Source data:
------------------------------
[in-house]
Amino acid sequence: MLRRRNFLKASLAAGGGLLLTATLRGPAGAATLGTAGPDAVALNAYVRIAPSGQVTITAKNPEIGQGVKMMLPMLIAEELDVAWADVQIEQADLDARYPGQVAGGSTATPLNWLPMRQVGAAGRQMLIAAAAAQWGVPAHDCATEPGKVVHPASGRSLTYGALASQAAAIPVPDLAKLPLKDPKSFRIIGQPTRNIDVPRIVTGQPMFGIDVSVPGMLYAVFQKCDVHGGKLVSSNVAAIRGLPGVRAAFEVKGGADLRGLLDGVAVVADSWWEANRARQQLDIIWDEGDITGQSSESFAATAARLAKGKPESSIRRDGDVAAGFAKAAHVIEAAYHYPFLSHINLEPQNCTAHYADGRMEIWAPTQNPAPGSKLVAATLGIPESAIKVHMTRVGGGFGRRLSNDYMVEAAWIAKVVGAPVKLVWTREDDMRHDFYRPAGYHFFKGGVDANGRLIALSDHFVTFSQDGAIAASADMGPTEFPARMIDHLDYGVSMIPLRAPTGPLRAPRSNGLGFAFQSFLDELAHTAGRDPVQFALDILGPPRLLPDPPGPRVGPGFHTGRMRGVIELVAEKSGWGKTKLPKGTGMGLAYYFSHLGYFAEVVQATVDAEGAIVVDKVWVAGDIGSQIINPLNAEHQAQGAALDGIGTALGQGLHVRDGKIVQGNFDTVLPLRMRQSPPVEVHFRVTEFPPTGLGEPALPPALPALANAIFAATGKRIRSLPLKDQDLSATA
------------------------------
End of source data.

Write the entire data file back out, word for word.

[in-house]
Amino acid sequence: MLRRRNFLKASLAAGGGLLLTATLRGPAGAATLGTAGPDAVALNAYVRIAPSGQVTITAKNPEIGQGVKMMLPMLIAEELDVAWADVQIEQADLDARYPGQVAGGSTATPLNWLPMRQVGAAGRQMLIAAAAAQWGVPAHDCATEPGKVVHPASGRSLTYGALASQAAAIPVPDLAKLPLKDPKSFRIIGQPTRNIDVPRIVTGQPMFGIDVSVPGMLYAVFQKCDVHGGKLVSSNVAAIRGLPGVRAAFEVKGGADLRGLLDGVAVVADSWWEANRARQQLDIIWDEGDITGQSSESFAATAARLAKGKPESSIRRDGDVAAGFAKAAHVIEAAYHYPFLSHINLEPQNCTAHYADGRMEIWAPTQNPAPGSKLVAATLGIPESAIKVHMTRVGGGFGRRLSNDYMVEAAWIAKVVGAPVKLVWTREDDMRHDFYRPAGYHFFKGGVDANGRLIALSDHFVTFSQDGAIAASADMGPTEFPARMIDHLDYGVSMIPLRAPTGPLRAPRSNGLGFAFQSFLDELAHTAGRDPVQFALDILGPPRLLPDPPGPRVGPGFHTGRMRGVIELVAEKSGWGKTKLPKGTGMGLAYYFSHLGYFAEVVQATVDAEGAIVVDKVWVAGDIGSQIINPLNAEHQAQGAALDGIGTALGQGLHVRDGKIVQGNFDTVLPLRMRQSPPVEVHFRVTEFPPTGLGEPALPPALPALANAIFAATGKRIRSLPLKDQDLSATA